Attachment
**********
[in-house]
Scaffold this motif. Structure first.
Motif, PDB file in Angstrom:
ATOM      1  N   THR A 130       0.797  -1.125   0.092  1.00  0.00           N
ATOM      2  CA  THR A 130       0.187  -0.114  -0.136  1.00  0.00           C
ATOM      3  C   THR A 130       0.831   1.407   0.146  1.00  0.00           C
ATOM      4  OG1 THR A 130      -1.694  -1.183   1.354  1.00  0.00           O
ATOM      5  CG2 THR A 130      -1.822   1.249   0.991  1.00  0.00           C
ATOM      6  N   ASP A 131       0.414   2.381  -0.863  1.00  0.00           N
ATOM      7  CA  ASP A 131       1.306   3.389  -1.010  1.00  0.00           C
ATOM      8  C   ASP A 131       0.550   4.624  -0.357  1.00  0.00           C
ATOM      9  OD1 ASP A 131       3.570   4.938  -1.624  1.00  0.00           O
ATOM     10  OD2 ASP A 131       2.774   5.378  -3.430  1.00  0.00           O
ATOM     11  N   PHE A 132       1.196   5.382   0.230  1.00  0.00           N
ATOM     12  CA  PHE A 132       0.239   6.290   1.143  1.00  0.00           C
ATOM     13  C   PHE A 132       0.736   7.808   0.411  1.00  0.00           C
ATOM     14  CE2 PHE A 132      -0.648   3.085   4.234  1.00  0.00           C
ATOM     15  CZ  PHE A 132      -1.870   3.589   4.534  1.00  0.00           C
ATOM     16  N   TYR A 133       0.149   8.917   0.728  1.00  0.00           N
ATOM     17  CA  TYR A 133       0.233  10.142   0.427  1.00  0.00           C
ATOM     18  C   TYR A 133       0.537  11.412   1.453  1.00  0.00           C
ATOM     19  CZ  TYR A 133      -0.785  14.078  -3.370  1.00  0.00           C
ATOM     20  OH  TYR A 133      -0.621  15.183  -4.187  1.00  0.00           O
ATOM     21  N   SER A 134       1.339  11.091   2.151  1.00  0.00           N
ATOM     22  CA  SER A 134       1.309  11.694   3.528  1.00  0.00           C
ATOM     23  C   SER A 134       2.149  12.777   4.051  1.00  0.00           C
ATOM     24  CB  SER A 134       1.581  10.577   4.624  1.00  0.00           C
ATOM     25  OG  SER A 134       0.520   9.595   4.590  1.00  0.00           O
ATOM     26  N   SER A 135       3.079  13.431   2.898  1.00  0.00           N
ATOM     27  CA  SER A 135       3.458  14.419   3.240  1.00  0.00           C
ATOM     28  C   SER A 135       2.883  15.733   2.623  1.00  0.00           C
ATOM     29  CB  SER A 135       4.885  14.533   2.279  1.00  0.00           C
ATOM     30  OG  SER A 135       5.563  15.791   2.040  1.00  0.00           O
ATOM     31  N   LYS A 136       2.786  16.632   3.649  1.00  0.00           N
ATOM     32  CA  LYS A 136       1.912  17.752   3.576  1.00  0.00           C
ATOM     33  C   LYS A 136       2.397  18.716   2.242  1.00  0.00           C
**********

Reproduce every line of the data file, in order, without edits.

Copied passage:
[in-house]
Scaffold this motif. Structure first.
Motif, PDB file in Angstrom:
ATOM      1  N   THR A 130       0.797  -1.125   0.092  1.00  0.00           N
ATOM      2  CA  THR A 130       0.187  -0.114  -0.136  1.00  0.00           C
ATOM      3  C   THR A 130       0.831   1.407   0.146  1.00  0.00           C
ATOM      4  OG1 THR A 130      -1.694  -1.183   1.354  1.00  0.00           O
ATOM      5  CG2 THR A 130      -1.822   1.249   0.991  1.00  0.00           C
ATOM      6  N   ASP A 131       0.414   2.381  -0.863  1.00  0.00           N
ATOM      7  CA  ASP A 131       1.306   3.389  -1.010  1.00  0.00           C
ATOM      8  C   ASP A 131       0.550   4.624  -0.357  1.00  0.00           C
ATOM      9  OD1 ASP A 131       3.570   4.938  -1.624  1.00  0.00           O
ATOM     10  OD2 ASP A 131       2.774   5.378  -3.430  1.00  0.00           O
ATOM     11  N   PHE A 132       1.196   5.382   0.230  1.00  0.00           N
ATOM     12  CA  PHE A 132       0.239   6.290   1.143  1.00  0.00           C
ATOM     13  C   PHE A 132       0.736   7.808   0.411  1.00  0.00           C
ATOM     14  CE2 PHE A 132      -0.648   3.085   4.234  1.00  0.00           C
ATOM     15  CZ  PHE A 132      -1.870   3.589   4.534  1.00  0.00           C
ATOM     16  N   TYR A 133       0.149   8.917   0.728  1.00  0.00           N
ATOM     17  CA  TYR A 133       0.233  10.142   0.427  1.00  0.00           C
ATOM     18  C   TYR A 133       0.537  11.412   1.453  1.00  0.00           C
ATOM     19  CZ  TYR A 133      -0.785  14.078  -3.370  1.00  0.00           C
ATOM     20  OH  TYR A 133      -0.621  15.183  -4.187  1.00  0.00           O
ATOM     21  N   SER A 134       1.339  11.091   2.151  1.00  0.00           N
ATOM     22  CA  SER A 134       1.309  11.694   3.528  1.00  0.00           C
ATOM     23  C   SER A 134       2.149  12.777   4.051  1.00  0.00           C
ATOM     24  CB  SER A 134       1.581  10.577   4.624  1.00  0.00           C
ATOM     25  OG  SER A 134       0.520   9.595   4.590  1.00  0.00           O
ATOM     26  N   SER A 135       3.079  13.431   2.898  1.00  0.00           N
ATOM     27  CA  SER A 135       3.458  14.419   3.240  1.00  0.00           C
ATOM     28  C   SER A 135       2.883  15.733   2.623  1.00  0.00           C
ATOM     29  CB  SER A 135       4.885  14.533   2.279  1.00  0.00           C
ATOM     30  OG  SER A 135       5.563  15.791   2.040  1.00  0.00           O
ATOM     31  N   LYS A 136       2.786  16.632   3.649  1.00  0.00           N
ATOM     32  CA  LYS A 136       1.912  17.752   3.576  1.00  0.00           C
ATOM     33  C   LYS A 136       2.397  18.716   2.242  1.00  0.00           C